With everyone and their mother predicting that Sony will drop the price of the PlayStation 3 soon, SCEA's senior vice president of marketing, Peter Dille, went on record to explain why we might not see a drop anytime soon.
"I think it's already well publicized that we have a very clear objective from our parent, Sony Corp., that we're to focus on a profit objective, and with those marching orders it limits the playbook when it comes to pricing and promotion. Our competition had a very aggressive pricing strategy, but they also were packing two, three, four games in with the unit weekend to weekend with different retailers, and that cost a lot of money. So we had a profit goal and they had a market share goal. We've had a very successful year; we had record revenues across our three platforms last year, and our PS3 business was up 40 percent, notwithstanding the tough climate. So we've really focused on changing the conversation away from price and trying to communicate the value inherent in the PS3."
Consoles usually take some time to become profitable, especially if they sport cutting-edge technology like the PS3's Cell processor and Blu-ray drive, but I think Sony might not be looking at the situation the right way. Profit is great, don't get me wrong, but market share is extremely important. It ties into the attach rate (average number of games purchased by a console owner) and even influences which consoles developers will focus on.
We've seen several classic PlayStation franchises go multi-platform during this generation with Final Fantasy, Spyro the Dragon, and Crash Bandicoot. The low point of entry is important in growing a console's installed base and increasing the amount of potential customers for software. Microsoft is selling you a razor, which requires everyone to go out and get more razor blades. Sony is selling you a really expensive electric shaver... and we all know which gives you a better shave. Metaphor burn!
"We also have to work hard to gain our consumers' trust and make them comfortable that when they buy a PS3, it's going to stand the test of time. The fact of the matter is we're the only console manufacturer that's ever launched a product that's had a 10-year life-cycle. And we've done that now not once, but twice. One of the great things about the PS3 is that if you buy it today you can be confident it's going to be the centerpiece of your entertainment for the next 10 years. Economically, that's a great value."
I have no doubt that the hardware in the PS3 is future-proofed enough that the console will last 10 years, but I absolutely don't see it as the centerpiece of my entertainment. Blu-ray is great, but I'm not ready to re-buy my collection in 1080p. In fact, I'd much rather spend my money on games than build up my Blu-ray collection. I have Netflix to rent movies and they ship Blu-rays. Speaking of Netflix, I find myself streaming movies and TV shows to my Xbox 360 much more frequently than watching Blu-rays on my PS3.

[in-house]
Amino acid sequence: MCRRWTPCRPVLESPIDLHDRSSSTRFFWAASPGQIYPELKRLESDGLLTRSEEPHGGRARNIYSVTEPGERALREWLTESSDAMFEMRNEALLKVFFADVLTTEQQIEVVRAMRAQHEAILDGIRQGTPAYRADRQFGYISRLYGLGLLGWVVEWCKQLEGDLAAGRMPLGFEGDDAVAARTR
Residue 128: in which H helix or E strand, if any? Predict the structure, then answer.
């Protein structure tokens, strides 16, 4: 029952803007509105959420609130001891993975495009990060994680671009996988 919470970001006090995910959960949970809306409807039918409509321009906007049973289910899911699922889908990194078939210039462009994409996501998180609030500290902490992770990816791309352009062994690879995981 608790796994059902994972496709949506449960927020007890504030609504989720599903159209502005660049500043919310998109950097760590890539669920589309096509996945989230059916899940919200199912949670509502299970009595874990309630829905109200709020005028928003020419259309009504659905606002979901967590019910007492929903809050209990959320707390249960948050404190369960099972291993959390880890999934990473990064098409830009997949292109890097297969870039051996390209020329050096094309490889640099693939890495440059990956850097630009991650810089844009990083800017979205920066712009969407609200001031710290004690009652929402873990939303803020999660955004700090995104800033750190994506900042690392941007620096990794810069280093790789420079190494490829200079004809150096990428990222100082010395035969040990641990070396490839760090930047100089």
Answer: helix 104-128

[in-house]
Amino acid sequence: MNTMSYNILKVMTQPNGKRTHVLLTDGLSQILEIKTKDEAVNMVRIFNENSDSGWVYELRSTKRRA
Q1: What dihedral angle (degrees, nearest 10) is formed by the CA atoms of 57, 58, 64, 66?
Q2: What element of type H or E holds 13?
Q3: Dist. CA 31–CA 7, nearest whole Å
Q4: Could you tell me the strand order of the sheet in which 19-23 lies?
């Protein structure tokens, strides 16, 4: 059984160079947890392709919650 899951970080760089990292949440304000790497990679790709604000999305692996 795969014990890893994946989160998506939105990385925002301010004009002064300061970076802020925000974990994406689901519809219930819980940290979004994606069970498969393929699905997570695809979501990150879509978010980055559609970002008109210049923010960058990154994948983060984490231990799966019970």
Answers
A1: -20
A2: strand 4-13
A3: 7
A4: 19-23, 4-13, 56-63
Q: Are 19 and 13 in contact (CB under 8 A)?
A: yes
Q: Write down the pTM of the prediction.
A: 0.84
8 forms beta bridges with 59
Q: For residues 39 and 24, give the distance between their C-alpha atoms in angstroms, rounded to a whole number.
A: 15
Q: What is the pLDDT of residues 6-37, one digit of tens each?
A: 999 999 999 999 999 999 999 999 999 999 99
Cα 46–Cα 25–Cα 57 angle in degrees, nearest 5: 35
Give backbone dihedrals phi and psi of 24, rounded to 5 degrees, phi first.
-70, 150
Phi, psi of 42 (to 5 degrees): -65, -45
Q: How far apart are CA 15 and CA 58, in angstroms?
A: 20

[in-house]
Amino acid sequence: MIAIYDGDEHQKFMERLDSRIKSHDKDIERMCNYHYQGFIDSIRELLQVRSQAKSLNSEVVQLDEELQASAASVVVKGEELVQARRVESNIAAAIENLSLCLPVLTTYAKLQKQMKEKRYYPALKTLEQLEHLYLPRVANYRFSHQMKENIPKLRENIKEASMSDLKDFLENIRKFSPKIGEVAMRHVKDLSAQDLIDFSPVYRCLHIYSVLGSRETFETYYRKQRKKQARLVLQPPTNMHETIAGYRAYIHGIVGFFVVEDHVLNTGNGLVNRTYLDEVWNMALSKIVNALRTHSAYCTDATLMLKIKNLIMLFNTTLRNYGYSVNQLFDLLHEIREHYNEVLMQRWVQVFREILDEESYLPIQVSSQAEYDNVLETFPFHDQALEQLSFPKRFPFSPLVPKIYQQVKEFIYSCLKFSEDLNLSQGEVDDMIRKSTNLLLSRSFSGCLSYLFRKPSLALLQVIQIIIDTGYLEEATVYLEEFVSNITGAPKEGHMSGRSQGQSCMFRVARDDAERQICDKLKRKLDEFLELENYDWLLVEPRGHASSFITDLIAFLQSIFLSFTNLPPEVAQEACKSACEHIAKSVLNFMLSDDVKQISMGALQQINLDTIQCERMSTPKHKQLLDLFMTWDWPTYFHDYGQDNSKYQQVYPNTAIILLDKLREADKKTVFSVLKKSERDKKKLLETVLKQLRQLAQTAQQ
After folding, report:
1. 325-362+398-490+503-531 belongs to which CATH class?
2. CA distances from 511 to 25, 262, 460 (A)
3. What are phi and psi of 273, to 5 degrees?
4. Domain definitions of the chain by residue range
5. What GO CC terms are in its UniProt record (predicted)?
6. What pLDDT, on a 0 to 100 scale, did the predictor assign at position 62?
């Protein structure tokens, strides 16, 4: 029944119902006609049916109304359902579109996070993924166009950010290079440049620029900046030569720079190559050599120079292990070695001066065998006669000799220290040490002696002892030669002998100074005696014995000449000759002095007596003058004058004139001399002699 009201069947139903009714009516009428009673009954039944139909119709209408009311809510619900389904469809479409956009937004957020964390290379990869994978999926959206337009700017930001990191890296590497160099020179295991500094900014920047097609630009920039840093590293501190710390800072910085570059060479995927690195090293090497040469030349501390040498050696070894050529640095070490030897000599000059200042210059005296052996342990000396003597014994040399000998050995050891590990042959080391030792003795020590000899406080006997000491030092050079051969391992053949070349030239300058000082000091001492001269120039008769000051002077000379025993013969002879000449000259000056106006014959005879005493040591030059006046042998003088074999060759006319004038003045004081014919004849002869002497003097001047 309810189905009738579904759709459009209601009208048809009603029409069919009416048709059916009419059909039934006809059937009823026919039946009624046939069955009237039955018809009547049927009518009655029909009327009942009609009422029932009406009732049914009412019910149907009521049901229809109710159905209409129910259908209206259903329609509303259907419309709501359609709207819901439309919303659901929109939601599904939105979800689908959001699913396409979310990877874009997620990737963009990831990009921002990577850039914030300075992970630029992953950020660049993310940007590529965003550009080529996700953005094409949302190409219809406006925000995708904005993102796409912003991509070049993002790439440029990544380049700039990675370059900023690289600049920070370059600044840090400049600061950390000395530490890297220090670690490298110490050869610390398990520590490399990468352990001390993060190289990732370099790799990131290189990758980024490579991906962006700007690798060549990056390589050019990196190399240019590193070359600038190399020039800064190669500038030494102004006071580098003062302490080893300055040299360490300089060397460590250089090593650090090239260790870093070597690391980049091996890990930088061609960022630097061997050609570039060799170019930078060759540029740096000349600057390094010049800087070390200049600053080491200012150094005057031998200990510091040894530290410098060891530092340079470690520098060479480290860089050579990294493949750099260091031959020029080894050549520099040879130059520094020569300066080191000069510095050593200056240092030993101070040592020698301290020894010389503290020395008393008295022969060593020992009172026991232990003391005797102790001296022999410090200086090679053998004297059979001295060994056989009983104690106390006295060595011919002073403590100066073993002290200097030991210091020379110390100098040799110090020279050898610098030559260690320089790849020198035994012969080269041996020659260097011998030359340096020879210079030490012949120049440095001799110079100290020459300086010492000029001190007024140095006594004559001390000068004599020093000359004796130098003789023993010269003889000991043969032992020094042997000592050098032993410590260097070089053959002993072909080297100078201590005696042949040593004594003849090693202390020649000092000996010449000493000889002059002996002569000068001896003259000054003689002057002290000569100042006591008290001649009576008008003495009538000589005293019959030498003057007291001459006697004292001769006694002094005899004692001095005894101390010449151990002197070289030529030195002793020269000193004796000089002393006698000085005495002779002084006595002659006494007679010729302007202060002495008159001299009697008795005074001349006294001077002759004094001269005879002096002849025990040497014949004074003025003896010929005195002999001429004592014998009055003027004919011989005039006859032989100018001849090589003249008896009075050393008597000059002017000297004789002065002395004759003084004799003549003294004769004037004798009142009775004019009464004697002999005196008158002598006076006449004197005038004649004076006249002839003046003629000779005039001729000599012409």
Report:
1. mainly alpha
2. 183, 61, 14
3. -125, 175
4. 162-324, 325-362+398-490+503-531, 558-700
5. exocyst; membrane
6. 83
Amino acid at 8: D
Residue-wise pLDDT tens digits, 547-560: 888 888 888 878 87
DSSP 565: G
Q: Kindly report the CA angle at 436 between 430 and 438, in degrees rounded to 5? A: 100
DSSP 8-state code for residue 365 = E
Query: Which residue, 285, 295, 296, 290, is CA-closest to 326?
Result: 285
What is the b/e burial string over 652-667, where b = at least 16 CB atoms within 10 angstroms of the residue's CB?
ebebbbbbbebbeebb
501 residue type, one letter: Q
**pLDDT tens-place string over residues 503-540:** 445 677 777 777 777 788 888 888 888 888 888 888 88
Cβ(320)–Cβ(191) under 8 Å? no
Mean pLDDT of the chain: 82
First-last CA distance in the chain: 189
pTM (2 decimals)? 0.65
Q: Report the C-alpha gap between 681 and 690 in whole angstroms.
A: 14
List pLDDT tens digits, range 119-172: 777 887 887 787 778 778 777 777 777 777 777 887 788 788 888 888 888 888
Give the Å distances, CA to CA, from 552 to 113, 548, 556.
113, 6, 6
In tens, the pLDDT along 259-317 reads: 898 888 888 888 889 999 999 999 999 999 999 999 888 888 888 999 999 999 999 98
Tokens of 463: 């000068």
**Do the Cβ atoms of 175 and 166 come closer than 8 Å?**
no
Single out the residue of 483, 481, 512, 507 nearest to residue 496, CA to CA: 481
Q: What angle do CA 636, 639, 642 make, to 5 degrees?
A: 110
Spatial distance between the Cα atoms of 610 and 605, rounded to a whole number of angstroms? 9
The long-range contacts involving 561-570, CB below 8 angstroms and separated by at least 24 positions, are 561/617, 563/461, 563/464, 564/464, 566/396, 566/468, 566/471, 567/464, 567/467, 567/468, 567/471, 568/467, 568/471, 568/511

With these tough economic times, how are consumers looking at the PS3? Peter Dille thinks that "when people start doing the apples-to-apples comparison, and see what PS3 can do, and see the value of Blu-ray, and what free online and free wi-fi with a hard drive in every box really means, it resonates." How about throwing in an HDMI cable or at least component? For me, that is worse than not including a hard drive or wi-fi. Let's sell an HD system without the cables to make it HD!
Yes, the PlayStation 3 packs more into the box for the money you're spending on the console, but do consumers even realize what they are buying? Remember, we aren't just talking about hardcore gamers that know the specs of each console and how much Xbox Live costs. In fact, I'm willing to bet that most buyers don't even know that Xbox Live or PSN exists. So when someone goes to the store and looks at the PS3, Xbox 360, or a Wii (if it's in stock and they happen to be a grandma....), they look at the price. Also, just so you don't think this is all PS3 bashing, I laugh when people say the Wii is the cheapest console and then start buying extra Wiimotes and Nunchuks. That starts getting into PS3 price territory. It's an interesting observation about consumer practices. I guarentee that if Nintendo sold the Wii with an extra Wiimote and Nunchuk for $310 they would move a lot less at retail.
Why do you think the hardcore PC market exists mostly online and is a custom-built industry? People aren't walking into a retail chain dropping $3,000 on a top-of-the-line PC. Those stores sell $400 eMachines and maybe something approaching $1,500 if it's mid-level. The mass-market doesn't want top-of-the-line. They want something that will play some games. Right now, that's the Wii and Xbox 360.
Furthermore, this is why I don't really feel like Killzone 2 will be a system-seller. Let's look at the reality behind the "system-seller" title. Wii Fit is a system seller. Halo 3 is a system seller because it snags the franchise fans. It's a bit different in Europe where Killzone is a hit-franchise, but it isn't exactly a household name in the US. The commercial is impressive, but $460 to get a game is steep. An Xbox 360 exclusive can be had for a $260 point-of-entry. The Wii comes in around $300, depending on the price of the game.
Bottom-line... Sony needs to drop the price of the PlayStation 3 and soon.